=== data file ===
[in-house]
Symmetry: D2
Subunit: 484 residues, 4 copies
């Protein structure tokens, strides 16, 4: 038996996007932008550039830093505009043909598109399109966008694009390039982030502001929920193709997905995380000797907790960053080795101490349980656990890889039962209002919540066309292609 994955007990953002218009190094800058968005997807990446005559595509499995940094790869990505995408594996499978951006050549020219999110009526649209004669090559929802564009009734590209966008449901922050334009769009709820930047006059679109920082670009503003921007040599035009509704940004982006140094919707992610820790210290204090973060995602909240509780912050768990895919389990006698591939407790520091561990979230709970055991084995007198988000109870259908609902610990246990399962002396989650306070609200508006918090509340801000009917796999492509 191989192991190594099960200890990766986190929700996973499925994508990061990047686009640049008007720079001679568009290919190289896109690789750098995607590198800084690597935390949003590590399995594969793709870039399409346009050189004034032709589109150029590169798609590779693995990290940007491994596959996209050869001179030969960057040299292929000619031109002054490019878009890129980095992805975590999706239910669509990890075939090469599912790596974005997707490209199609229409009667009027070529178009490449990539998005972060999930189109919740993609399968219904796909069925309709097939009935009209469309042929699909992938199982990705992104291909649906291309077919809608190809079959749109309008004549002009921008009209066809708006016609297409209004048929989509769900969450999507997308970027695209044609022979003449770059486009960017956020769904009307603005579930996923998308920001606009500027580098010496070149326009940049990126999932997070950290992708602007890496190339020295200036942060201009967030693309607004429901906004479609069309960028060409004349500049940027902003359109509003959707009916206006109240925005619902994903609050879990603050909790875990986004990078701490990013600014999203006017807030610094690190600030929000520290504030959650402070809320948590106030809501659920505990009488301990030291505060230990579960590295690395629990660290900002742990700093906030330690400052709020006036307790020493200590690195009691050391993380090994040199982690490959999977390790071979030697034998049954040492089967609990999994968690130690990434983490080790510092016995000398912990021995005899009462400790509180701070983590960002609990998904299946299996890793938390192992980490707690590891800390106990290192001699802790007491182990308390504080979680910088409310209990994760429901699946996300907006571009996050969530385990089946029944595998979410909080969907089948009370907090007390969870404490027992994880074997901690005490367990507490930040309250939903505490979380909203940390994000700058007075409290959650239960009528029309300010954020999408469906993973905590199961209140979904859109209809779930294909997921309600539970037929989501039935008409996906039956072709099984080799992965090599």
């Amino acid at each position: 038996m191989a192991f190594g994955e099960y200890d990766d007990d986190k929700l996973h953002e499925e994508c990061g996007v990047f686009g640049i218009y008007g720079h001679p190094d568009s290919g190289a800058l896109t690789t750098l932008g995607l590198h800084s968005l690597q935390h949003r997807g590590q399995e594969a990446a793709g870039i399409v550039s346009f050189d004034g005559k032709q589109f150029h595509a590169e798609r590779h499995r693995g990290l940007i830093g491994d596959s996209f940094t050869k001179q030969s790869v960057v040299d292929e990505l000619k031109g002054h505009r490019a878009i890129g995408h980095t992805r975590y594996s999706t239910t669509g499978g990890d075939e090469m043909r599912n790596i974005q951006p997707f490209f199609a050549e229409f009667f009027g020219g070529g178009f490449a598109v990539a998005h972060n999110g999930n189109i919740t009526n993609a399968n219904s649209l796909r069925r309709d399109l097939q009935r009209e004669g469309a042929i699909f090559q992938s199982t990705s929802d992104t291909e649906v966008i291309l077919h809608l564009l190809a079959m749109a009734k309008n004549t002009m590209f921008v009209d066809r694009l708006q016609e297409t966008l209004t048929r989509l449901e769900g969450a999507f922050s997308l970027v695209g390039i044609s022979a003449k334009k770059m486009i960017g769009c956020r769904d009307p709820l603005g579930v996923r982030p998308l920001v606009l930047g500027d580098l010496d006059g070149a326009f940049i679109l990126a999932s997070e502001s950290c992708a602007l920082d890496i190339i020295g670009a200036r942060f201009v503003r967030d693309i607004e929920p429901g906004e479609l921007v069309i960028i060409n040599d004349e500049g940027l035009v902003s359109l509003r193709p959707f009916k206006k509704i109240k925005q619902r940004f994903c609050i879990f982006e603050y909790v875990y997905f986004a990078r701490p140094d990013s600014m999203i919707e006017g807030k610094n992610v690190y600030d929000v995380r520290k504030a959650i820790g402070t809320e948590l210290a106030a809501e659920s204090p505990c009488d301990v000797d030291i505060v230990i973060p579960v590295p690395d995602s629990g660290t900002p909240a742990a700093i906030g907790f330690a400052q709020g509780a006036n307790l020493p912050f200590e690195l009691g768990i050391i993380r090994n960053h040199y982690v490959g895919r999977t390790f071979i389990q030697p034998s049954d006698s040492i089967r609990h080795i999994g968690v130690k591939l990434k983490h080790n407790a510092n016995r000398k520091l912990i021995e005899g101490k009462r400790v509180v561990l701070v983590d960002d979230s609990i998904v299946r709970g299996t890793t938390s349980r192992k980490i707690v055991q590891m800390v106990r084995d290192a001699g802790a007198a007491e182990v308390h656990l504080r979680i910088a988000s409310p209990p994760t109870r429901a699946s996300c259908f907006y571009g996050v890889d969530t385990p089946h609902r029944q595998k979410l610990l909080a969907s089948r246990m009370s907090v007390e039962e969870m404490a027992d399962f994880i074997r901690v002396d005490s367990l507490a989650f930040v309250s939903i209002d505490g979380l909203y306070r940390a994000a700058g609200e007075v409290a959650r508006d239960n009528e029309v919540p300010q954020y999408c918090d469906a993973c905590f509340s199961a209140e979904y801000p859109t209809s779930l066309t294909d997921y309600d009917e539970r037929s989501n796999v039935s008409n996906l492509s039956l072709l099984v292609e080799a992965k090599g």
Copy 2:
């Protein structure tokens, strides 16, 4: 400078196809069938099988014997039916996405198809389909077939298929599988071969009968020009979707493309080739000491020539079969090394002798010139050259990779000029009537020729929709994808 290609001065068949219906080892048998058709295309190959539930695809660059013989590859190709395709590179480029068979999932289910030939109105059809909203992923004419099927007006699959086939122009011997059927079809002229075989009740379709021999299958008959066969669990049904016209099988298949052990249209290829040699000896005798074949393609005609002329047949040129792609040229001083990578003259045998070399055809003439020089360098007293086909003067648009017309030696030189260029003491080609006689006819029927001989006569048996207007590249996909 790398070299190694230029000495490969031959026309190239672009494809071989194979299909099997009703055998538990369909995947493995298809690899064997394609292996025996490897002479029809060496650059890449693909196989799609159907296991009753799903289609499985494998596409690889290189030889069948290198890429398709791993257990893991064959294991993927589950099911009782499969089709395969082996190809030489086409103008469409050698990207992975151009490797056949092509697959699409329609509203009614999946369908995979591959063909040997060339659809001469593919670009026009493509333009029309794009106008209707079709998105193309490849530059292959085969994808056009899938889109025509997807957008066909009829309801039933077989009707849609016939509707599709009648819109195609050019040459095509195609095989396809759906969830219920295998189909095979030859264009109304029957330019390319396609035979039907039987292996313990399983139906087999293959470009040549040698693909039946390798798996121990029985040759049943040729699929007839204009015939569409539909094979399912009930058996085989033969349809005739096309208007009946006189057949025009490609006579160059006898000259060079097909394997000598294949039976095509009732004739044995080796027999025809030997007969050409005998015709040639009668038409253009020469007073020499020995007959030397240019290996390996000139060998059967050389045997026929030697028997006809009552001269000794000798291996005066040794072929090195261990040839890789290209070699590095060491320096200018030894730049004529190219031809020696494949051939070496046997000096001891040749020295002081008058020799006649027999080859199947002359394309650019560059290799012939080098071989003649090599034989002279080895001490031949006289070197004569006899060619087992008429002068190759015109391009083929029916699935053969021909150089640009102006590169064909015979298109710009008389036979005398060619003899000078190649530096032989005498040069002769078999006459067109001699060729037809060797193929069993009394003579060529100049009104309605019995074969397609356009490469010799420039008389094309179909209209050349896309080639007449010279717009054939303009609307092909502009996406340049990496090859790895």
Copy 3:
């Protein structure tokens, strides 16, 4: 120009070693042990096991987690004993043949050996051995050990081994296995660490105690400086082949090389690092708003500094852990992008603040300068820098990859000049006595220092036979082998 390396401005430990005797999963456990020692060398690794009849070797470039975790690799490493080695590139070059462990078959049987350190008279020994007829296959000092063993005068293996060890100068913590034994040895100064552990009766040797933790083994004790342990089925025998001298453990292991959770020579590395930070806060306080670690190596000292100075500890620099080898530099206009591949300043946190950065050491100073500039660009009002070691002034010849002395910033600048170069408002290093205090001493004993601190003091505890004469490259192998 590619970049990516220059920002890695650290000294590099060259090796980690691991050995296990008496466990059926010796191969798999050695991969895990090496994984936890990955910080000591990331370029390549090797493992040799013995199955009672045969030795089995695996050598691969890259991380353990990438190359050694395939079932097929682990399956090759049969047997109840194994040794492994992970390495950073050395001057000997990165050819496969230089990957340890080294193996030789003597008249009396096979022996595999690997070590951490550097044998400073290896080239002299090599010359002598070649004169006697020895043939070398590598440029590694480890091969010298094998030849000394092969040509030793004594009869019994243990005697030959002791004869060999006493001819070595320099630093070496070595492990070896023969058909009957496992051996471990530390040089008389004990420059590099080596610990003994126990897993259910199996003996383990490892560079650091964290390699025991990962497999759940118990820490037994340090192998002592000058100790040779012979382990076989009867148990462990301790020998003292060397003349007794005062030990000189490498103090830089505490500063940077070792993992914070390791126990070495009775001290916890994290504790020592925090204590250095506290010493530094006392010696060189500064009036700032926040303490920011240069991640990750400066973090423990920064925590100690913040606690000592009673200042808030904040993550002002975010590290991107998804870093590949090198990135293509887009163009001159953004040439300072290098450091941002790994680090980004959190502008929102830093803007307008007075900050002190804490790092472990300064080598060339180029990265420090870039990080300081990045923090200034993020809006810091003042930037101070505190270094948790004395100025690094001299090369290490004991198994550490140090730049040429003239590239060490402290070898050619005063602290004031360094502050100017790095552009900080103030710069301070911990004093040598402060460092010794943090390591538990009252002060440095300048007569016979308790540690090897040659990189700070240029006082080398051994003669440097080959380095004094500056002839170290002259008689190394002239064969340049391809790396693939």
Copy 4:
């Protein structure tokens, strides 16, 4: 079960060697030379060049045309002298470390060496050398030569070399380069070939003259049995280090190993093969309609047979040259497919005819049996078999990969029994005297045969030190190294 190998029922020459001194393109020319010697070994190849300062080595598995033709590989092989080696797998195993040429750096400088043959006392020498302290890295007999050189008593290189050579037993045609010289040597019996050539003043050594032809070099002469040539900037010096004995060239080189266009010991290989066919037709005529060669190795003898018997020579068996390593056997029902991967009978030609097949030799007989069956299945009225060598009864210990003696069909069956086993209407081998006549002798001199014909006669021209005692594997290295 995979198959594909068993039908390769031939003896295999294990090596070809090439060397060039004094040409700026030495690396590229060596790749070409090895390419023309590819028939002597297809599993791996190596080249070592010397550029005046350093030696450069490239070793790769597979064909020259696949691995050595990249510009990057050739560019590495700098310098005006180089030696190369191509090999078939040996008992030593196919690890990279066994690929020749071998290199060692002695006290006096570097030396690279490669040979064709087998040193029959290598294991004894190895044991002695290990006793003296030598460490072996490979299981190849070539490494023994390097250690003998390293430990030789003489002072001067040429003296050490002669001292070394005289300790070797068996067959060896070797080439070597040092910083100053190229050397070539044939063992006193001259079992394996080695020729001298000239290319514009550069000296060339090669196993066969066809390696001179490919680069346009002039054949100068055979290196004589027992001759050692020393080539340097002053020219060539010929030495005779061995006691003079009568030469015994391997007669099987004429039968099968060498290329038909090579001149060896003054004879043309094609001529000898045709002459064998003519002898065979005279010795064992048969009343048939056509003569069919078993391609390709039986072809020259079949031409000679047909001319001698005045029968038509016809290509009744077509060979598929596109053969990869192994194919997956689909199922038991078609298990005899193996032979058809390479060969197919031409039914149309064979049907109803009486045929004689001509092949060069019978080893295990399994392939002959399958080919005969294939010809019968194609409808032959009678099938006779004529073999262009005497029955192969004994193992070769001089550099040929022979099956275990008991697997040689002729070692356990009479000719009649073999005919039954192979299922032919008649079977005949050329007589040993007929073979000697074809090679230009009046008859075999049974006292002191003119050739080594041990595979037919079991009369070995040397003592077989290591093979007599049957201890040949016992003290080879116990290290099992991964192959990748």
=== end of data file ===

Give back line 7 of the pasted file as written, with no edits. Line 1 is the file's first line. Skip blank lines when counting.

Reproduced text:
């Protein structure tokens, strides 16, 4: 400078196809069938099988014997039916996405198809389909077939298929599988071969009968020009979707493309080739000491020539079969090394002798010139050259990779000029009537020729929709994808 290609001065068949219906080892048998058709295309190959539930695809660059013989590859190709395709590179480029068979999932289910030939109105059809909203992923004419099927007006699959086939122009011997059927079809002229075989009740379709021999299958008959066969669990049904016209099988298949052990249209290829040699000896005798074949393609005609002329047949040129792609040229001083990578003259045998070399055809003439020089360098007293086909003067648009017309030696030189260029003491080609006689006819029927001989006569048996207007590249996909 790398070299190694230029000495490969031959026309190239672009494809071989194979299909099997009703055998538990369909995947493995298809690899064997394609292996025996490897002479029809060496650059890449693909196989799609159907296991009753799903289609499985494998596409690889290189030889069948290198890429398709791993257990893991064959294991993927589950099911009782499969089709395969082996190809030489086409103008469409050698990207992975151009490797056949092509697959699409329609509203009614999946369908995979591959063909040997060339659809001469593919670009026009493509333009029309794009106008209707079709998105193309490849530059292959085969994808056009899938889109025509997807957008066909009829309801039933077989009707849609016939509707599709009648819109195609050019040459095509195609095989396809759906969830219920295998189909095979030859264009109304029957330019390319396609035979039907039987292996313990399983139906087999293959470009040549040698693909039946390798798996121990029985040759049943040729699929007839204009015939569409539909094979399912009930058996085989033969349809005739096309208007009946006189057949025009490609006579160059006898000259060079097909394997000598294949039976095509009732004739044995080796027999025809030997007969050409005998015709040639009668038409253009020469007073020499020995007959030397240019290996390996000139060998059967050389045997026929030697028997006809009552001269000794000798291996005066040794072929090195261990040839890789290209070699590095060491320096200018030894730049004529190219031809020696494949051939070496046997000096001891040749020295002081008058020799006649027999080859199947002359394309650019560059290799012939080098071989003649090599034989002279080895001490031949006289070197004569006899060619087992008429002068190759015109391009083929029916699935053969021909150089640009102006590169064909015979298109710009008389036979005398060619003899000078190649530096032989005498040069002769078999006459067109001699060729037809060797193929069993009394003579060529100049009104309605019995074969397609356009490469010799420039008389094309179909209209050349896309080639007449010279717009054939303009609307092909502009996406340049990496090859790895």